It’s completely within your power to manage your energy levels so they work for you. The human body has basic needs for energy production and maintenance, and addressing them will help you function at your peak. Habits are the key, so ensure your energy toolkit becomes part of your weekly and daily habits, just like brushing your teeth.
- Sleep: it is both recovery and preparation. Make sure you’re getting at least 7 hours a night. If you’re having trouble getting to sleep, avoid looking at a backlit portable screen (laptop, smartphone, tablet) for at least an hour before bed. Also, keep your bedroom for the sole purpose of sleep (no screens allowed!).
- Water: hydrate throughout the day.
- Eating habits: 70 per cent of the way you feel is due to what you are eating.
- Stretch: extend your muscles each day.
- Move: get the blood flowing. Many people are starting to use standing desks, as sitting too much is now understood to be dangerous to our health. Standing and moving around regularly also helps you feel more alert.
- Mini-pauses: take 5-minute breaks throughout the day.
- Attitude: having a positive attitude gives you energy, while being negative drains you.
- Silence: grab it and cherish it.
Try a 2-minute meditation
A growing body of research suggests we would all benefit from daily meditation. So how do we integrate it into our lives in a way that’s achievable and still gives us the benefits we need?
I meditate in the morning and the evening, and have a collection of guided meditations that suit a range of needs for my mind and body. Outside this regular practice, I often sit in silence in the car for a few minutes before the school pick-up or when I’m in a queue or traffic jam. It’s a small change, but it has had one of the biggest impacts on my physical health and my mindset.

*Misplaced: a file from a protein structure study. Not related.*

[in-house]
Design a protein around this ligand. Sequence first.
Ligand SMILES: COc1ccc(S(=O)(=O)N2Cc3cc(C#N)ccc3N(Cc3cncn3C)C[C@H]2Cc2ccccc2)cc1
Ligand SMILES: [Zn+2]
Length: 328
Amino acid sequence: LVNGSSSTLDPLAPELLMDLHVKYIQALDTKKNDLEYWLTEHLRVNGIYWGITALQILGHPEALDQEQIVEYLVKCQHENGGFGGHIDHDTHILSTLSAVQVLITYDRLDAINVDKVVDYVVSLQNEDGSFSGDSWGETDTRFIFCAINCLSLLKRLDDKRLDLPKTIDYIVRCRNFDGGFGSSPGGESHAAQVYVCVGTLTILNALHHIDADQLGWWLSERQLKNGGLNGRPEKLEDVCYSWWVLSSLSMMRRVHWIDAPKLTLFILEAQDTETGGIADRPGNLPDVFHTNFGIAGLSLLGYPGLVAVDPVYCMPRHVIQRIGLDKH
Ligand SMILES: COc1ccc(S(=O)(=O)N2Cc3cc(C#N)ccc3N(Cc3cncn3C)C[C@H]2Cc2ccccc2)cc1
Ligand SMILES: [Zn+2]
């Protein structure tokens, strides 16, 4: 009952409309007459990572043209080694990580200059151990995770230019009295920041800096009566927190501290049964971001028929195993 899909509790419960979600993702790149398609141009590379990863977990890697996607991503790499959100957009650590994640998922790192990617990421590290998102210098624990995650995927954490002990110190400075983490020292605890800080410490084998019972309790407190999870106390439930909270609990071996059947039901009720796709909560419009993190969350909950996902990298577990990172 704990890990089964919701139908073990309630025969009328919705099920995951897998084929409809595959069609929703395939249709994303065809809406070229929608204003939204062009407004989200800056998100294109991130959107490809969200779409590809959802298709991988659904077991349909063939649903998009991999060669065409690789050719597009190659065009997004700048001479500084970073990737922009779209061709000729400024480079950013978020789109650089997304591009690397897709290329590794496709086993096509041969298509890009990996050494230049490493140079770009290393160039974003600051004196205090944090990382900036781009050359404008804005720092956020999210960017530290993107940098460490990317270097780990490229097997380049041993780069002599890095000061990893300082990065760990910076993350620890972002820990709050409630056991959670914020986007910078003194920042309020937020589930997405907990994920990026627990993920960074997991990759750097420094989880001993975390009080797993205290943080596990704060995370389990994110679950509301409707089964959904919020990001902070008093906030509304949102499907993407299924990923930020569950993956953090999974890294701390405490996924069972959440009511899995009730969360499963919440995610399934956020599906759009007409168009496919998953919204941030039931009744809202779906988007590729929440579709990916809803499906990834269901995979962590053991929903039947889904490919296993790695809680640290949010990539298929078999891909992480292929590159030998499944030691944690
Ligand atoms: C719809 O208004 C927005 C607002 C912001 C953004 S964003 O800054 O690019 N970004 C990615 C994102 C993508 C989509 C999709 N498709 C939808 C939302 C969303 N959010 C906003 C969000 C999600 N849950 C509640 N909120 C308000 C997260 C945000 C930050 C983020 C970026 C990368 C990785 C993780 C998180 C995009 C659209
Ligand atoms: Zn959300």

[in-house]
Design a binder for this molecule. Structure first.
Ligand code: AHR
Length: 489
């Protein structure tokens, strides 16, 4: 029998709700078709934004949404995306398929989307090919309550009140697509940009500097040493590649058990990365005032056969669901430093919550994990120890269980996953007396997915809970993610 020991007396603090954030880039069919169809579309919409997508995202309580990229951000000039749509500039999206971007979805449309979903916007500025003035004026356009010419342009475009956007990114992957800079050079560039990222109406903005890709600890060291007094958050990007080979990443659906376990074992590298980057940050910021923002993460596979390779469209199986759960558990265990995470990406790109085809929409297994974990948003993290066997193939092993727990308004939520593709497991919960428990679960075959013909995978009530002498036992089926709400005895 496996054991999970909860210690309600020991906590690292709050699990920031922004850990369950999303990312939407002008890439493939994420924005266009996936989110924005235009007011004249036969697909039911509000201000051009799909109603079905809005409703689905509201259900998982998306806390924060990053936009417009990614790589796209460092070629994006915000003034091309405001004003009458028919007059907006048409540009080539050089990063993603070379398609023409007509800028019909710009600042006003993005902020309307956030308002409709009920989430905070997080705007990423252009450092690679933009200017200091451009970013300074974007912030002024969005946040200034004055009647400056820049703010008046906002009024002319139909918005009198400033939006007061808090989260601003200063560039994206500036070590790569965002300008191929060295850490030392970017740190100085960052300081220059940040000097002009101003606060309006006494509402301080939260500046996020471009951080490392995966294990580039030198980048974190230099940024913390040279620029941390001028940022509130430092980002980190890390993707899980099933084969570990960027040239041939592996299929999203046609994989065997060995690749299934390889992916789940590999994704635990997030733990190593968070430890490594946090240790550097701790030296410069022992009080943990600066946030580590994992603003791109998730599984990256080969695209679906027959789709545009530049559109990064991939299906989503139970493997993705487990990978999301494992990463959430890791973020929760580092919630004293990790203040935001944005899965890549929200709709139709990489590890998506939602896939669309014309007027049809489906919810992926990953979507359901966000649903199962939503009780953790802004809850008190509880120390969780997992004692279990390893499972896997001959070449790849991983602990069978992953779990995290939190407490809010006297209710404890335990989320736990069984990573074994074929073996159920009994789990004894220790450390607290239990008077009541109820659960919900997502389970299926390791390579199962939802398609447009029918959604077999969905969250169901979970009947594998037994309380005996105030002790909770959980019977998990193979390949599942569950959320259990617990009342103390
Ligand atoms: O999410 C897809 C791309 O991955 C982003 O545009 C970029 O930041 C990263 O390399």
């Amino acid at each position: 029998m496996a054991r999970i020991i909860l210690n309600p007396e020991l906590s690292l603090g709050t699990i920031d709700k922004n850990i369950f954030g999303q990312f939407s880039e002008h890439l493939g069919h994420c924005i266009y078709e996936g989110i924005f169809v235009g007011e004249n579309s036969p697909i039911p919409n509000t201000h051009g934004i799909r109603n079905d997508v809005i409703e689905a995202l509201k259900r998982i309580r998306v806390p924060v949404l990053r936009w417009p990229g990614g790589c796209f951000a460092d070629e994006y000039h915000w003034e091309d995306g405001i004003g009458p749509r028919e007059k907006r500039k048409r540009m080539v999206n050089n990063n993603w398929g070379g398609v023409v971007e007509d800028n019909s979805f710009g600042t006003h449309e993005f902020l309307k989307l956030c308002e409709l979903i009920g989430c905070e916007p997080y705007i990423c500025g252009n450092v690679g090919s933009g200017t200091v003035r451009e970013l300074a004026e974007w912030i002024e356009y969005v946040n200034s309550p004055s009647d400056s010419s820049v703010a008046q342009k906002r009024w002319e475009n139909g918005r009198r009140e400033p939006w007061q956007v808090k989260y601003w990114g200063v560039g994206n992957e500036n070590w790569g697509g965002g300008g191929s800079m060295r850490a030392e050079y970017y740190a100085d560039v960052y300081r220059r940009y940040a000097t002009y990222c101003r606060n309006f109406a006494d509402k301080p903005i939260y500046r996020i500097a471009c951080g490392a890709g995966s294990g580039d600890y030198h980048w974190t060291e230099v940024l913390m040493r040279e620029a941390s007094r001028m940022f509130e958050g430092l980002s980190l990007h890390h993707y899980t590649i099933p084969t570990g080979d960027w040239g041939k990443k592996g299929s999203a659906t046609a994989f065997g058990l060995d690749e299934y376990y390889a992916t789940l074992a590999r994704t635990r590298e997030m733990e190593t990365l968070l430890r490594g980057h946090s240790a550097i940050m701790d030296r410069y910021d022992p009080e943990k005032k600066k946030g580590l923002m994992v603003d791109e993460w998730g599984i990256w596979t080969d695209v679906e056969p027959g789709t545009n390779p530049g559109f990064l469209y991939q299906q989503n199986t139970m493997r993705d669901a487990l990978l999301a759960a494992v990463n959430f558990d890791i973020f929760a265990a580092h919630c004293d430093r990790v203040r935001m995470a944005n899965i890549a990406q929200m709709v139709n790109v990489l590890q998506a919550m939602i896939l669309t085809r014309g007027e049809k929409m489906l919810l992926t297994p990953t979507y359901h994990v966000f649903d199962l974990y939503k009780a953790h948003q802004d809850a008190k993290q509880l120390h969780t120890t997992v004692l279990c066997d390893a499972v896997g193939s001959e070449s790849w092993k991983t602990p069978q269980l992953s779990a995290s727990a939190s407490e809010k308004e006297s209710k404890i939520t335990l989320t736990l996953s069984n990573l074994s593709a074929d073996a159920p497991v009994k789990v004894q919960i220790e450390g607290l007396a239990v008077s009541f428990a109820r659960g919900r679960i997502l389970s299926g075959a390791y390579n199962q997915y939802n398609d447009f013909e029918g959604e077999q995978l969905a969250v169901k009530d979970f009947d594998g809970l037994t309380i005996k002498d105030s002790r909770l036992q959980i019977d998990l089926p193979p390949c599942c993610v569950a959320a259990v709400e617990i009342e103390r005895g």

Not sure you can pull it off? Try just 2 minutes a day. This is much easier and more sustainable than thinking you have to commit to a daily half-hour practice, and you are much more likely to keep at it. You don’t need to rush out and buy a meditation cushion, join a class or even try to sit still for 15 minutes – not yet. Just start by being still for 2 minutes each day and noticing your breath. Breathe in and out through your nose, counting slowly to four for the intake and then four for the release. Controlled, calm breathing like this helps us relax, focus and let go of any stress we may be feeling. It also helps connect our minds to our bodies, which puts us back in the moment and is a powerful tool for mindfulness.